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Can I get my water tested?
How do I turn my water service on?
Is fluoride in our drinking water?
Why do water mains sometimes break?
Who controls my water's quality?
How hard is my water?
Why are there particles in my tap water?
Q: Can I get my water tested?
A:

The Park City Water Department tests the water supplied to the city consistently. We run tests throughout the system, every day in compliance with EPA and Utah Division of Drinking Water requirements. In addition, we collect samples for numerous constituents in eight representative areas of the city so that data for the quality of water that is delivered to your service is readily available. You can access this information on this site at Water Quality In Your Area.

It is not necessary to have your water tested. However, if you desire to have your water tested, the Park City Water Department will be glad to recommend local labs that are certified by the Utah Division of Drinking Water.

Q: How do I turn my water service on?
A:
Q: Is fluoride in our drinking water?
A:
There is a very low level of naturally occurring fluoride in Park City's water (see Water Quality in Your Area). The Park City Water Department does not add fluoride.
Q: Why do water mains sometimes break?
A:
Most of the water mains in Park City are made of iron, which makes them affordable and reliable. These water mains can last a long time if they do what they were made to do, transport water from one place to another. However, aging pipelines experience cracks and joint failures from time to time as a result of their age combined with small amounts of settling in support base.

Chances of breaks can be exacerbated by high pressures that occasionally occur due to the complex system of pressure zones in Park City. The Park City Water Department staff proactively perform monthly checks, maintenance and repair of all pressure reducing valves in the city to preclude breaks directly related to high pressures.

Unfortunately, water line breaks cause interruption of water service, damage to property, messy streets, and sometimes temporarily cause discolored water delivery to our customers. Water Department staff are on-call 24 hours a day and respond as quickly as possible to keep outages to a minimum.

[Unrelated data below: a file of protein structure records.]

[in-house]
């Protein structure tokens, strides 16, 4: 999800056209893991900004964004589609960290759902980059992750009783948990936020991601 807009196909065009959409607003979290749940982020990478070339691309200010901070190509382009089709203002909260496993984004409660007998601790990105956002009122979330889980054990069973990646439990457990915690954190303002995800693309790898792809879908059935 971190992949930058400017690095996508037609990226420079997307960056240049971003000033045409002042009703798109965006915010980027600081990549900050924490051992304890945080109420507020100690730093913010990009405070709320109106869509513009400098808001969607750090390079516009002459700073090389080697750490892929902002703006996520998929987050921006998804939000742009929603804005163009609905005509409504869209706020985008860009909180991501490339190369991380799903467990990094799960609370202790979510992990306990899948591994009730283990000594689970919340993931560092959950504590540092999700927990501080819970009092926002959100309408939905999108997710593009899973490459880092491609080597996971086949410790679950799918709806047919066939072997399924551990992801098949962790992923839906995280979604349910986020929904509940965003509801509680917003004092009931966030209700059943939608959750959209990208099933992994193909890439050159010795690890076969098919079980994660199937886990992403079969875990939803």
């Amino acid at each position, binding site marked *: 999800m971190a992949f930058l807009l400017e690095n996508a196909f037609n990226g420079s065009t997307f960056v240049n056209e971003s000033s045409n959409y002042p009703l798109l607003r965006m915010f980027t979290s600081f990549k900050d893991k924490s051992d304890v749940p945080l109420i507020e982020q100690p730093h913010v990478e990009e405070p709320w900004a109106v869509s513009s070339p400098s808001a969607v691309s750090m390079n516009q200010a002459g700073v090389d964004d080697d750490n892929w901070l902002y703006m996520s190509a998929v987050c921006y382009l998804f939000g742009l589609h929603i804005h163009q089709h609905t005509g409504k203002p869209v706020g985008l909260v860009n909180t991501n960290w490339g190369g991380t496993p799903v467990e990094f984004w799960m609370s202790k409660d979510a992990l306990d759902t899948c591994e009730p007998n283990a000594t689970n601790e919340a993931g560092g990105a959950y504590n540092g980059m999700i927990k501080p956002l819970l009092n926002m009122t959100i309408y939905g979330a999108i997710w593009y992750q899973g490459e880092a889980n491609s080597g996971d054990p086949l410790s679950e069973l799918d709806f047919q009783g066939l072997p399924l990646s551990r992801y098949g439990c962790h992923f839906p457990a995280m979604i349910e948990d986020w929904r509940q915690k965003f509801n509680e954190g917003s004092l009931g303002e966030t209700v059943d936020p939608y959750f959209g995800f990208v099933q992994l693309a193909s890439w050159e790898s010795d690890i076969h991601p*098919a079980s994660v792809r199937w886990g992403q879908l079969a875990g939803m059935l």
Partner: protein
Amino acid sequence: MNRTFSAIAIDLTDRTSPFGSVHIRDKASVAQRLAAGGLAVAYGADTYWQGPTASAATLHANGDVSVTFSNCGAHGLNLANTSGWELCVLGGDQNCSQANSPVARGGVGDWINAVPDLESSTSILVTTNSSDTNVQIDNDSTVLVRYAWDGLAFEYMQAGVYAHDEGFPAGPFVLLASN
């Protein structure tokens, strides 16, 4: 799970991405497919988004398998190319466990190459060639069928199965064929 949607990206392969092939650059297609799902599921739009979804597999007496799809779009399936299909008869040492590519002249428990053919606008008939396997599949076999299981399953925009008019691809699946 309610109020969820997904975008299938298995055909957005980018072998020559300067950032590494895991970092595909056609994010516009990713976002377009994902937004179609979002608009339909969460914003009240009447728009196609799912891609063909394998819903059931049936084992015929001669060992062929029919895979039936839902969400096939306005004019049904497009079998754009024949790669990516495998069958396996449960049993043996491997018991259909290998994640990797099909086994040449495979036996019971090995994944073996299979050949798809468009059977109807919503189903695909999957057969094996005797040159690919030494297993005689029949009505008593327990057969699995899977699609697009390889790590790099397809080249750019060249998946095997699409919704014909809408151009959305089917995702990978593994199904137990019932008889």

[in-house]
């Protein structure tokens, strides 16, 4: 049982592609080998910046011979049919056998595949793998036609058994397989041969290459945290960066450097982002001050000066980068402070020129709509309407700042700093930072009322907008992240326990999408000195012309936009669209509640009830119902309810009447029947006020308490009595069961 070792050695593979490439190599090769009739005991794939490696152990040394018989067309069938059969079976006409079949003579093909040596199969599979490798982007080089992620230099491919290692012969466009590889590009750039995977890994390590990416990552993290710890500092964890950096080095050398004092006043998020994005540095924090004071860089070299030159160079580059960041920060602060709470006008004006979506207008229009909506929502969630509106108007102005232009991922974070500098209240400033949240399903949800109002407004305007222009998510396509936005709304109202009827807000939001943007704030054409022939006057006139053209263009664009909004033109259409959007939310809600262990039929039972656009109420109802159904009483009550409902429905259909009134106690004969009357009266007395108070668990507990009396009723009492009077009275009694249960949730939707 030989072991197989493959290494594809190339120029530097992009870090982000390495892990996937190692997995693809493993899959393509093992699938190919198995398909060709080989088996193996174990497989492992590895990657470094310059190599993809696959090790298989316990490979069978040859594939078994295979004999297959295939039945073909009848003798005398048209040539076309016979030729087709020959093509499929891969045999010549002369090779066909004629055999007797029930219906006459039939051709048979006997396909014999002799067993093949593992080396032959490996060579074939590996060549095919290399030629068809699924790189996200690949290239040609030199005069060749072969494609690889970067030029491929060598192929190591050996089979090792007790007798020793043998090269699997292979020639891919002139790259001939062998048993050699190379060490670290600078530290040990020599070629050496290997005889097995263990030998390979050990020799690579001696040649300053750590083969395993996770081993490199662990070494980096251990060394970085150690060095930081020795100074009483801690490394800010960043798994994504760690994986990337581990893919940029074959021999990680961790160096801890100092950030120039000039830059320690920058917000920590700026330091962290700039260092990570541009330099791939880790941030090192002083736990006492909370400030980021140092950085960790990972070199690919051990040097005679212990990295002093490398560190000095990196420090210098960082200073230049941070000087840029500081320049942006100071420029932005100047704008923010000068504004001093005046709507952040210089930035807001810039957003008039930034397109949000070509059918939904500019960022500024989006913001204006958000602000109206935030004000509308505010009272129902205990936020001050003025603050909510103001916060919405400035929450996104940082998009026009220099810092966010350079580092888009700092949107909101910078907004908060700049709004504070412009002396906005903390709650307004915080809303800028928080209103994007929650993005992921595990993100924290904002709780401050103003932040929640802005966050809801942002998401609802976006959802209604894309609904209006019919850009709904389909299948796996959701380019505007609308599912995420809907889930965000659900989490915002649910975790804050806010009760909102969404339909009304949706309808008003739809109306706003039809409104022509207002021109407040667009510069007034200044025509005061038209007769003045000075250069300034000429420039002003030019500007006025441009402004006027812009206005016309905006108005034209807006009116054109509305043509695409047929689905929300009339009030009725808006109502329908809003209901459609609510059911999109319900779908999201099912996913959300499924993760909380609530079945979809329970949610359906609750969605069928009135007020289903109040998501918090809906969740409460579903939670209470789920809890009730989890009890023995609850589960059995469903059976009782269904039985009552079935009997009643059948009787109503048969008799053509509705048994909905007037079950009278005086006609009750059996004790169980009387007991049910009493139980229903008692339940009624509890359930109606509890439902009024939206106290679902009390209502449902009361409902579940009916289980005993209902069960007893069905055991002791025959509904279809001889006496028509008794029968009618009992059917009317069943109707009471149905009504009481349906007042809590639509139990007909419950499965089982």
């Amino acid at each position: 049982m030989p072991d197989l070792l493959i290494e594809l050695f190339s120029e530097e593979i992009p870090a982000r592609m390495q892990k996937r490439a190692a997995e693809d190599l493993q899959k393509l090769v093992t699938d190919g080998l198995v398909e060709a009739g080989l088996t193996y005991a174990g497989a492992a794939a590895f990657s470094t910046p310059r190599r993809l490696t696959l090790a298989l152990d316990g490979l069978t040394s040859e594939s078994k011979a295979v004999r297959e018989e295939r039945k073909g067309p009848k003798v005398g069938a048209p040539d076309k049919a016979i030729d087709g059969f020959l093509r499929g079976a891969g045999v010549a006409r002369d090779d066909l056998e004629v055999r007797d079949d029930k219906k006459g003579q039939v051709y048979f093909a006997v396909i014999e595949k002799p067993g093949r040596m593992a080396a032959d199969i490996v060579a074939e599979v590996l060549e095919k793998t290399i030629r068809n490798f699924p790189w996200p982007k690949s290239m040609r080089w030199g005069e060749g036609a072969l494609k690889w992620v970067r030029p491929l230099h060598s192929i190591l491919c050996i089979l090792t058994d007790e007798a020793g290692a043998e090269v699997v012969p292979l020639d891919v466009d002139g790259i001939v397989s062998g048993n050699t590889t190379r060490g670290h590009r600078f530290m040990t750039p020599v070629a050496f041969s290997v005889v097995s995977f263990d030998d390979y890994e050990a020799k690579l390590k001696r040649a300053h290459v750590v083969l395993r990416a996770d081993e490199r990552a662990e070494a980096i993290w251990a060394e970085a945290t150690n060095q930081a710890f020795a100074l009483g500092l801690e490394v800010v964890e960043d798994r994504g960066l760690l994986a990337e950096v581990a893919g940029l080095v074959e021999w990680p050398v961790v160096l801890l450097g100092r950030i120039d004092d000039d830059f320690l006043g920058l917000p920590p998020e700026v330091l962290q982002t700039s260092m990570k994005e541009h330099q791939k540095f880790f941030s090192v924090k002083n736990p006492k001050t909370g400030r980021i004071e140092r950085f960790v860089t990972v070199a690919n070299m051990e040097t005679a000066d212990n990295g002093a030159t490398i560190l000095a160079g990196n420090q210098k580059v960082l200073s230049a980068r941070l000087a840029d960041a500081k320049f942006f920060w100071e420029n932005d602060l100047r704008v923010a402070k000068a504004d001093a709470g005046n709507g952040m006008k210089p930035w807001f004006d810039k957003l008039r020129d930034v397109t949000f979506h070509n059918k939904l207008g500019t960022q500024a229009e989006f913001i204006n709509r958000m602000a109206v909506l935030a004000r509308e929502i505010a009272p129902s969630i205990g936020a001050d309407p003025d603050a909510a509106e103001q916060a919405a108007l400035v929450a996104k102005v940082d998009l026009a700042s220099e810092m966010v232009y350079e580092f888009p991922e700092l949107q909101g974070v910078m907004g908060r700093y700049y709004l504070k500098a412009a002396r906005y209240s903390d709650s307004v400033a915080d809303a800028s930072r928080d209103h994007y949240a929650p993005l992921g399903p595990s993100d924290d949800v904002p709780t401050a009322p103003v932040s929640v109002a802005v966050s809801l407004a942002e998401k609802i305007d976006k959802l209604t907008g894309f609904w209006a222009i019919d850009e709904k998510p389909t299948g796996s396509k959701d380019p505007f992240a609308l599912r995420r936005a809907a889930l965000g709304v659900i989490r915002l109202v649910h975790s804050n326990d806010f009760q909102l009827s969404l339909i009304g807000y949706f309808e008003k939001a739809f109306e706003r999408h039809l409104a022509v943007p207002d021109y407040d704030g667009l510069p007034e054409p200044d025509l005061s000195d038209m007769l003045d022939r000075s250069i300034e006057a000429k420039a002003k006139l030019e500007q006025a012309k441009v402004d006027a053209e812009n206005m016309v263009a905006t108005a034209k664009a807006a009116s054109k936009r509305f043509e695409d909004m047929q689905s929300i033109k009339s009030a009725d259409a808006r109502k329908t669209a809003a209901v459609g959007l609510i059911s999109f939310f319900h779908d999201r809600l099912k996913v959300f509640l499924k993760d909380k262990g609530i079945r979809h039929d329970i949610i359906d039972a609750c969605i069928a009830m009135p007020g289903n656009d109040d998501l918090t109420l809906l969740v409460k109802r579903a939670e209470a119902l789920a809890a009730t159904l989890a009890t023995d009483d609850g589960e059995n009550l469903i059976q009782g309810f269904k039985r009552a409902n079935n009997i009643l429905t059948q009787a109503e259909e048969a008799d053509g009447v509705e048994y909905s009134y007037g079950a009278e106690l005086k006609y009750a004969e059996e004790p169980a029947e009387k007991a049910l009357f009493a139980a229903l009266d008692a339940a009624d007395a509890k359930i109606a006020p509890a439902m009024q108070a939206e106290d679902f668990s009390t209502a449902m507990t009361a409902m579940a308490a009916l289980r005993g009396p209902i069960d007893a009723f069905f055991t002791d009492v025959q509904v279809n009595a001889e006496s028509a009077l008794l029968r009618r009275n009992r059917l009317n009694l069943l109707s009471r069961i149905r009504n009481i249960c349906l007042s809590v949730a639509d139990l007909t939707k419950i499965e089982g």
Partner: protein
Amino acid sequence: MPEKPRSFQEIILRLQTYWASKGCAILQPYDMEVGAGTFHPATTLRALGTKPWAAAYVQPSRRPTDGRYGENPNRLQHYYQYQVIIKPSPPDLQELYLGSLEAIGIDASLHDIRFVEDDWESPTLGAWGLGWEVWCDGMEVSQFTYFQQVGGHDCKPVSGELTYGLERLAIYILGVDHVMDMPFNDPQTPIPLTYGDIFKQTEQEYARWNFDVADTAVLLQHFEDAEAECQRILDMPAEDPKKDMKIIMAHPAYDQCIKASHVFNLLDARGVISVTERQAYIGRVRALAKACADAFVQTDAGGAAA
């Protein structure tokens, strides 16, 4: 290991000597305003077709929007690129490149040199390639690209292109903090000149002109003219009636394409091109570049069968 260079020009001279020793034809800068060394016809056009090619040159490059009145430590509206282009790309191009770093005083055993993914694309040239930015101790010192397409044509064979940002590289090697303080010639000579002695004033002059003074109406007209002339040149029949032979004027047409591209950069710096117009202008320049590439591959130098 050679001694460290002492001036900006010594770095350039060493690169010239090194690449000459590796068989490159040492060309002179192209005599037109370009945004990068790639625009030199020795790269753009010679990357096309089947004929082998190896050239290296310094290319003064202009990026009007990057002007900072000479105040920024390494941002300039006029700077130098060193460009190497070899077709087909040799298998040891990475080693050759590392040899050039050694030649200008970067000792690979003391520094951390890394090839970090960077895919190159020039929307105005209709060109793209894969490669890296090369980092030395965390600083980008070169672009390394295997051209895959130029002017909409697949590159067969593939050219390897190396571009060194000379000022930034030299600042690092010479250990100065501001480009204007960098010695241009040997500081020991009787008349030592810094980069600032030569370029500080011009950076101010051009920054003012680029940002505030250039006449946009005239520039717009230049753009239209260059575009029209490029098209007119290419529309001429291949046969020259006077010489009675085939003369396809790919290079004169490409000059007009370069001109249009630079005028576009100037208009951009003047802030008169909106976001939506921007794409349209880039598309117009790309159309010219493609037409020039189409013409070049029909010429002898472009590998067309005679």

Q: Who controls my water's quality?
A:

The U.S. Environmental Protection Agency in Washington, D.C. sets national drinking water standards to protect public health. These standards are enforced in our state by the Utah Division of Drinking Water.

Depending on the regulation, Park City submits quality test results to the Division of Drinking Water on a monthly or annual basis to prove that we are providing water that meets all of the standards. All samples are analyzed in state approved labs. If there were ever a serious water quality problem, the state would immediately be notified and they would oversee our response and corrective actions.

Q: How hard is my water?
A:

The hardness of water is determined by the calcium and magnesium carbonates naturally dissolved in it. Across the U.S., there are waters that are very soft (low in carbonates) and waters that are very hard (high in carbonates).

Hardness is measured in parts per million or grains. Soft water has about 1 grain of minerals per gallon. Moderately hard water has about 3 to 7 grains of minerals per gallon. Very hard water has over 10 grains per gallon.

Area of Park City

Hardness

Parts per Million
Grains per Gallon
Upper and Lower Deer Valley

280 - 320

16 - 19

Old Town

200

11

Thaynes, Park Meadows, Prospector

575-625

33 - 37

Q: Why are there particles in my tap water?
A:
Particles can come from a variety of sources. One of the most common sources is the hot water heater.
Other sources that generate black particles in tap water is the disintegration of rubber materials used in plumbing fixtures. Gaskets and o-rings can disintegrate over time and collect in toilet tanks and around faucets.